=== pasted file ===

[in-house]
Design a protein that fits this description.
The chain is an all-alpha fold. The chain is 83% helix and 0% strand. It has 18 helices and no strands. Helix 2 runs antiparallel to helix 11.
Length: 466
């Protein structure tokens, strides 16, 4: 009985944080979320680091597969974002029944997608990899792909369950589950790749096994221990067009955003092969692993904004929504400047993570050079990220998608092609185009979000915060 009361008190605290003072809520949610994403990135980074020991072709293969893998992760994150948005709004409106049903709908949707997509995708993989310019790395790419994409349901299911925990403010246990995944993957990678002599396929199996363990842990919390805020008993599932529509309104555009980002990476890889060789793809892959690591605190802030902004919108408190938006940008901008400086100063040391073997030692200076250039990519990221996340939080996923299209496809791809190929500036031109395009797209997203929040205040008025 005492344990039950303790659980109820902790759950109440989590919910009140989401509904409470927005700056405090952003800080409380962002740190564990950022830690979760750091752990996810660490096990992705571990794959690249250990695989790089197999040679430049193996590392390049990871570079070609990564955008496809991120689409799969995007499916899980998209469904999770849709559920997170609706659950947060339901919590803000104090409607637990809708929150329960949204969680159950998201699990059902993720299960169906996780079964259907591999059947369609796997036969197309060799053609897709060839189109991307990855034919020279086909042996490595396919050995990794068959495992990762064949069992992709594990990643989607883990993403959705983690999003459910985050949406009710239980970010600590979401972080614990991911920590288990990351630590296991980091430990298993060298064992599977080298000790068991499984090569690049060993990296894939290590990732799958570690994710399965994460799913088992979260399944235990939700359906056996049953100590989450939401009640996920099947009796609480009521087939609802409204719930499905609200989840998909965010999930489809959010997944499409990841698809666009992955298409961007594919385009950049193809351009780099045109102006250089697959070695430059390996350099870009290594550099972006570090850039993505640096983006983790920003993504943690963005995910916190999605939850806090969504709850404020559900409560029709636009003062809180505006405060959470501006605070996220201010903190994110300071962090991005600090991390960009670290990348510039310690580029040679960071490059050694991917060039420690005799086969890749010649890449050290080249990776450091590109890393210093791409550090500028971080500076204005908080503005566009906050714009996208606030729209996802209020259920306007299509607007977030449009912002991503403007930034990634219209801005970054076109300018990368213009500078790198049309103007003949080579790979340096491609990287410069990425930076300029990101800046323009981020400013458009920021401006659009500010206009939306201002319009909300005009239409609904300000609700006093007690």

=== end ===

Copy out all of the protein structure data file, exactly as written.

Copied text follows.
[in-house]
Design a protein that fits this description.
The chain is an all-alpha fold. The chain is 83% helix and 0% strand. It has 18 helices and no strands. Helix 2 runs antiparallel to helix 11.
Length: 466
């Protein structure tokens, strides 16, 4: 009985944080979320680091597969974002029944997608990899792909369950589950790749096994221990067009955003092969692993904004929504400047993570050079990220998608092609185009979000915060 009361008190605290003072809520949610994403990135980074020991072709293969893998992760994150948005709004409106049903709908949707997509995708993989310019790395790419994409349901299911925990403010246990995944993957990678002599396929199996363990842990919390805020008993599932529509309104555009980002990476890889060789793809892959690591605190802030902004919108408190938006940008901008400086100063040391073997030692200076250039990519990221996340939080996923299209496809791809190929500036031109395009797209997203929040205040008025 005492344990039950303790659980109820902790759950109440989590919910009140989401509904409470927005700056405090952003800080409380962002740190564990950022830690979760750091752990996810660490096990992705571990794959690249250990695989790089197999040679430049193996590392390049990871570079070609990564955008496809991120689409799969995007499916899980998209469904999770849709559920997170609706659950947060339901919590803000104090409607637990809708929150329960949204969680159950998201699990059902993720299960169906996780079964259907591999059947369609796997036969197309060799053609897709060839189109991307990855034919020279086909042996490595396919050995990794068959495992990762064949069992992709594990990643989607883990993403959705983690999003459910985050949406009710239980970010600590979401972080614990991911920590288990990351630590296991980091430990298993060298064992599977080298000790068991499984090569690049060993990296894939290590990732799958570690994710399965994460799913088992979260399944235990939700359906056996049953100590989450939401009640996920099947009796609480009521087939609802409204719930499905609200989840998909965010999930489809959010997944499409990841698809666009992955298409961007594919385009950049193809351009780099045109102006250089697959070695430059390996350099870009290594550099972006570090850039993505640096983006983790920003993504943690963005995910916190999605939850806090969504709850404020559900409560029709636009003062809180505006405060959470501006605070996220201010903190994110300071962090991005600090991390960009670290990348510039310690580029040679960071490059050694991917060039420690005799086969890749010649890449050290080249990776450091590109890393210093791409550090500028971080500076204005908080503005566009906050714009996208606030729209996802209020259920306007299509607007977030449009912002991503403007930034990634219209801005970054076109300018990368213009500078790198049309103007003949080579790979340096491609990287410069990425930076300029990101800046323009981020400013458009920021401006659009500010206009939306201002319009909300005009239409609904300000609700006093007690």